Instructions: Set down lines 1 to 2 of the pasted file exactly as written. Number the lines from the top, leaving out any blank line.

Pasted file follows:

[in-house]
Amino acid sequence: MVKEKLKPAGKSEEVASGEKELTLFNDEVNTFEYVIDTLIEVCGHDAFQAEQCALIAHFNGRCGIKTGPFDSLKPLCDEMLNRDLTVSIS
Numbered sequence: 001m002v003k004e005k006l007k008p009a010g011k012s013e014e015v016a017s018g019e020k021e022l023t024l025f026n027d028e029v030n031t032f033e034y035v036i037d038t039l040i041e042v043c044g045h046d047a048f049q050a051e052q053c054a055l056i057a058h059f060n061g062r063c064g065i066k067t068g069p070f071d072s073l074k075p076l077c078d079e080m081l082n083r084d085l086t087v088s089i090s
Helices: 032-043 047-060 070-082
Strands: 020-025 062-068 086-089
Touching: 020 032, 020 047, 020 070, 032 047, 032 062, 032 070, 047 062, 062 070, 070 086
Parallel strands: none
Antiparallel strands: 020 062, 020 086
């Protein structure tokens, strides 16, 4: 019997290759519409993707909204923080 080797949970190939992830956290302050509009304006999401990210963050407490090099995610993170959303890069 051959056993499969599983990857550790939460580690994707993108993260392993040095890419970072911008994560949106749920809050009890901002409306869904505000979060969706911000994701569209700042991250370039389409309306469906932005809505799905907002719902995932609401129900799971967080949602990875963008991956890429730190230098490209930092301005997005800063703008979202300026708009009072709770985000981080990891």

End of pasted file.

[in-house]
Amino acid sequence: MVKEKLKPAGKSEEVASGEKELTLFNDEVNTFEYVIDTLIEVCGHDAFQAEQCALIAHFNGRCGIKTGPFDSLKPLCDEMLNRDLTVSIS